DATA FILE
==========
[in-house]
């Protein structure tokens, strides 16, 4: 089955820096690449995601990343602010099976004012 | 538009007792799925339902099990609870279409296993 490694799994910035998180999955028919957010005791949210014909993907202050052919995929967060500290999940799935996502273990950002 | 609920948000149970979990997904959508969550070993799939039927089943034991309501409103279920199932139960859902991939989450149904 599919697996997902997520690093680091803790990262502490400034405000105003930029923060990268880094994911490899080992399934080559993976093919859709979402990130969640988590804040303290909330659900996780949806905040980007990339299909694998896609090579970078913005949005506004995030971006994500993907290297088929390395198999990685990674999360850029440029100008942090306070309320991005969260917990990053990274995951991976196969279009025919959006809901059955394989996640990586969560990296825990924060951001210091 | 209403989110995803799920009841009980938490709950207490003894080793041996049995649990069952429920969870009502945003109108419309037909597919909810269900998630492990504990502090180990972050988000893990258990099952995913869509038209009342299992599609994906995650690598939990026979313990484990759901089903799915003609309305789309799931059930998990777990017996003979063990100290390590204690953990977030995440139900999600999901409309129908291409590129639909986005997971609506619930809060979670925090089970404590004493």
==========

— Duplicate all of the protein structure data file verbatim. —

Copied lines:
[in-house]
């Protein structure tokens, strides 16, 4: 089955820096690449995601990343602010099976004012 | 538009007792799925339902099990609870279409296993 490694799994910035998180999955028919957010005791949210014909993907202050052919995929967060500290999940799935996502273990950002 | 609920948000149970979990997904959508969550070993799939039927089943034991309501409103279920199932139960859902991939989450149904 599919697996997902997520690093680091803790990262502490400034405000105003930029923060990268880094994911490899080992399934080559993976093919859709979402990130969640988590804040303290909330659900996780949806905040980007990339299909694998896609090579970078913005949005506004995030971006994500993907290297088929390395198999990685990674999360850029440029100008942090306070309320991005969260917990990053990274995951991976196969279009025919959006809901059955394989996640990586969560990296825990924060951001210091 | 209403989110995803799920009841009980938490709950207490003894080793041996049995649990069952429920969870009502945003109108419309037909597919909810269900998630492990504990502090180990972050988000893990258990099952995913869509038209009342299992599609994906995650690598939990026979313990484990759901089903799915003609309305789309799931059930998990777990017996003979063990100290390590204690953990977030995440139900999600999901409309129908291409590129639909986005997971609506619930809060979670925090089970404590004493």